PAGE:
Recently at the FWC – Anti Bullying matter

Anti Bullying order.

Purcell v Ms Mary Farah and Mercy Education Ltd t/a St Aloysius College

Read decision [2016] FWC 2308.

This application for an anti bullying order was made by a teacher who was also the OH&S representative at the school.

The applicant alleged that she had been bullied at work by the Principal of the College. The Principal was appointed in 2013 with a mandate from the Board of Mercy Education to effect change and arrest declining enrolment; however some staff were resistant to the change and preferred the status quo.

The applicant gave evidence that she became increasingly concerned about Mercy Education’s bullying policy and in May 2013 raised the issue of bullying and the need to update the policy.

The College’s Business Manager agreed to review the bullying policy by the end of the year however this did not eventuate; the applicant raised the issue again in April 2014. The Deputy Principal was listed in the bullying policy as the complaints officer however there was no Deputy Principal at the College, as the previous Deputy Principal had resigned in 2013 after the Principal had been appointed.

The bullying policy was finally revised and re-issued in 2015 after the applicant filed complaints in December 2014. The applicant identified a number of incidents occurring from late 2013, and continuing after her return from long service leave in mid-2015, which she maintained was repeated unreasonable behaviour by the Principal.

The Commission concluded that four of the incidents which the applicant complained about, taken together, amounted to repeated unreasonable behaviour. The Commission found that the conduct was likely to have caused the applicant distress and that the behaviour created a risk to the health and safety of the applicant. The Commission found that the applicant was bullied at work.

Lessons for employers:

  1. Ensure your policies are up to date and compliant, if you don’t have the time or expertise, get help – see
  2. Investigate complaints about bullying in a timely and professional manner, if you are not sure what to do, call an expert –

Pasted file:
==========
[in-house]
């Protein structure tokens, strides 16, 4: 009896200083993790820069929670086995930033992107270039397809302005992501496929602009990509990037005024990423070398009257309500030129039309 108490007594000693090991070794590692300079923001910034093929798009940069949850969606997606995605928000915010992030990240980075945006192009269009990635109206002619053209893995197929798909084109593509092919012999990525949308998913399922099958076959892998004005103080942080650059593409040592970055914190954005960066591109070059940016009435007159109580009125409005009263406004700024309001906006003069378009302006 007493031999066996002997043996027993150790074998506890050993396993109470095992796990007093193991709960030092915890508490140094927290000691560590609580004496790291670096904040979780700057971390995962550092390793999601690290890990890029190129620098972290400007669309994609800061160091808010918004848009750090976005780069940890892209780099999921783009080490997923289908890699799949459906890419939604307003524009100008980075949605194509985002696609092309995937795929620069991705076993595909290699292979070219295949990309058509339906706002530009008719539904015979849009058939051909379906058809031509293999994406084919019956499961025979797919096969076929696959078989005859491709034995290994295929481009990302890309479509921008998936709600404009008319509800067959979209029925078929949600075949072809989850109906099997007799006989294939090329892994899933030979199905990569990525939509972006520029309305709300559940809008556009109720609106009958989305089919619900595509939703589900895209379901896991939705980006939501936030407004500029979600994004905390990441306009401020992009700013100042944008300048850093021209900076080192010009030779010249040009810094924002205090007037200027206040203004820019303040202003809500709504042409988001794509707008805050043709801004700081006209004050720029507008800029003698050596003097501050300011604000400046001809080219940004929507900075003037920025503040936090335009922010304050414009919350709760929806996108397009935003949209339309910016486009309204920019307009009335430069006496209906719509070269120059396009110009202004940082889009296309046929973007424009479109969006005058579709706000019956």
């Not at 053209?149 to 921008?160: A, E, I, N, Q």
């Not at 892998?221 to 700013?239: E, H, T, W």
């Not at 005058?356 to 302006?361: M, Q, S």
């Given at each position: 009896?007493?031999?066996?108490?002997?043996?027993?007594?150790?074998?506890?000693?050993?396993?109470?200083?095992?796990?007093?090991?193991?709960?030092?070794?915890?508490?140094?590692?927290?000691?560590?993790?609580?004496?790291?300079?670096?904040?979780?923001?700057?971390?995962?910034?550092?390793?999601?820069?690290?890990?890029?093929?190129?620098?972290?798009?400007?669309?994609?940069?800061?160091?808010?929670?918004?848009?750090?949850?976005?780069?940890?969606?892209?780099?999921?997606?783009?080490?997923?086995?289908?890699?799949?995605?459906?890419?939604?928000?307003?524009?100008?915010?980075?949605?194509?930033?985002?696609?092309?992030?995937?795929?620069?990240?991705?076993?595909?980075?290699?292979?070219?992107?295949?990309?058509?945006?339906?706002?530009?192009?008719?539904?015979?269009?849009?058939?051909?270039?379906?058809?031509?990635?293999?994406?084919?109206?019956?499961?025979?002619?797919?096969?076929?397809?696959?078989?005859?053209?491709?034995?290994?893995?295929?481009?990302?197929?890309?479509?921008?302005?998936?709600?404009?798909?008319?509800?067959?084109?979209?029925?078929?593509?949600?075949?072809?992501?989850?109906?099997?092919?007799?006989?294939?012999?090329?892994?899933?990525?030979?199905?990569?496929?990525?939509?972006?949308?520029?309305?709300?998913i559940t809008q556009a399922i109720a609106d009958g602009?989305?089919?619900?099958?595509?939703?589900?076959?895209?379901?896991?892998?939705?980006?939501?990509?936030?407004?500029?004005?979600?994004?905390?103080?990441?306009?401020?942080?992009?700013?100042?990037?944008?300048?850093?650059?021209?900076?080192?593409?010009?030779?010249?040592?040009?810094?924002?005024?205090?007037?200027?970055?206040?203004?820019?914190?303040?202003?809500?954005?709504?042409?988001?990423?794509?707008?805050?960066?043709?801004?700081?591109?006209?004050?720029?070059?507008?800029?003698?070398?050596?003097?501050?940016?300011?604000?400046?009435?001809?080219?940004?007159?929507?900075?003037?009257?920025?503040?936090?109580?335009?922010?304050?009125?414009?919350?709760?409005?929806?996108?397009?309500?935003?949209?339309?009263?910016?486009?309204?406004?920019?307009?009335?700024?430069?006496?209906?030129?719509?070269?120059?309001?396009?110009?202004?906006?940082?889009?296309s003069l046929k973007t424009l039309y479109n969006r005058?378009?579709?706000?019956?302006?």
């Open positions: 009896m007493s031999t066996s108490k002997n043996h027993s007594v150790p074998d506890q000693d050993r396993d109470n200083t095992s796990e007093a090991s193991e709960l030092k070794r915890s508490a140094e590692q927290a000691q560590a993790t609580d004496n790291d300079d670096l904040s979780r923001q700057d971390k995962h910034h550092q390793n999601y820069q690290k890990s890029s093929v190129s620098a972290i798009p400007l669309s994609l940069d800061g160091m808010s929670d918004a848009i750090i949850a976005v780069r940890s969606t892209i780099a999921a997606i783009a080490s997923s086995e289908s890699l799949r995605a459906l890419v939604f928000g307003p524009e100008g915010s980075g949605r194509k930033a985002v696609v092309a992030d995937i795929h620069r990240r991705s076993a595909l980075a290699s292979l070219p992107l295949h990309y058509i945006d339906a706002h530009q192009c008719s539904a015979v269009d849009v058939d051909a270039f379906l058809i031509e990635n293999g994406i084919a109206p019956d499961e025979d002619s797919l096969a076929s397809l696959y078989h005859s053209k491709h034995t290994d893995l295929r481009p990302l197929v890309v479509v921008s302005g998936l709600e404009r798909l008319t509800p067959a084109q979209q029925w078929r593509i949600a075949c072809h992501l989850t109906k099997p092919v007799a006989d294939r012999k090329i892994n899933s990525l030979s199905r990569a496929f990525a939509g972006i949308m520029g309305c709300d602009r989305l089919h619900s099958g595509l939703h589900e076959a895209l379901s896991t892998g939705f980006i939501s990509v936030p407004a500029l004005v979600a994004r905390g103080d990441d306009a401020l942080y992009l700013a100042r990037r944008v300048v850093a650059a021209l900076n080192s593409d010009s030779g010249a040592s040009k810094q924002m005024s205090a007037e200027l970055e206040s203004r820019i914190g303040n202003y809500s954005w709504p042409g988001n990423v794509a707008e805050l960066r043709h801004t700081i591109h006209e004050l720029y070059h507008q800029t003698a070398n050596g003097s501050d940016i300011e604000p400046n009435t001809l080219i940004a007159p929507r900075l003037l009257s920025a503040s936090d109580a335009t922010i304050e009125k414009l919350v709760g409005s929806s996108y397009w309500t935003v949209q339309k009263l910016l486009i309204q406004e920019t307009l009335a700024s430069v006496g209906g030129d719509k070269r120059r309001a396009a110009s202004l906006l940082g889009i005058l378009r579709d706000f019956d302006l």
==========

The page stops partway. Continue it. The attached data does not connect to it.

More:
The Commission considered what orders (if any) should be made, finding the relationship between the applicant and the Principal was an mutually tense the Commission held that interpersonal relationship disputes are best resolved through the efforts of the parties, and perhaps assisted by some form of .facilitation, dispute resolution intervention or mediation.

The Commission held that some form of reconciliation was much more likely to produce a lasting, positive improvement in the working relationship between the parties than any order could.

The Commission proposed that the parties engage with each other in a series of mediated or facilitated meetings with the aim of repairing their relationship, and engaging in a dialogue that would accommodate an ongoing professional working relationship, and a safe working environment. If the parties were unwilling to engage with each other, then the Commission advised that either party could request the expeditious hearing and determination of the question of whether orders should be made.

Lessons for employers and employees

  1. In some cases a dispute resolution invention might better option to deal with complaints than an investigation especially in matters of a she said, he said nature with little of no other evidence. Each matter must be assessed on it merits.
  2. Investigations tend to have winners and losers, a dispute resolution intervention has the potential to create a win win situation.
  3. A a dispute resolution intervention can also be a more cost and time effective solution.

If you have received a complaint and are not sure what to do, go to the Australian Workplace Training & Investigation home page and request our Compliant Analysis Chart. The chart will assist you in deciding the best course of action to take when you have received a complaint.

AWPTI can also assist you with dispute resolution interventions –

AWPTI – workplace investigations Sydney and through-out NSW, QLD and Victoria. Workplace training national wide
Workplace investigations misconduct, bullying, harassment & sexual harassment investigations

You can contact AWPTI –

This is general information only. It does not replace advice from a qualified workplace investigator in your state or territory. It is recommended that should you encounter complaints in the workplace that you seek advice from suitability qualified and experienced workplace investigators.


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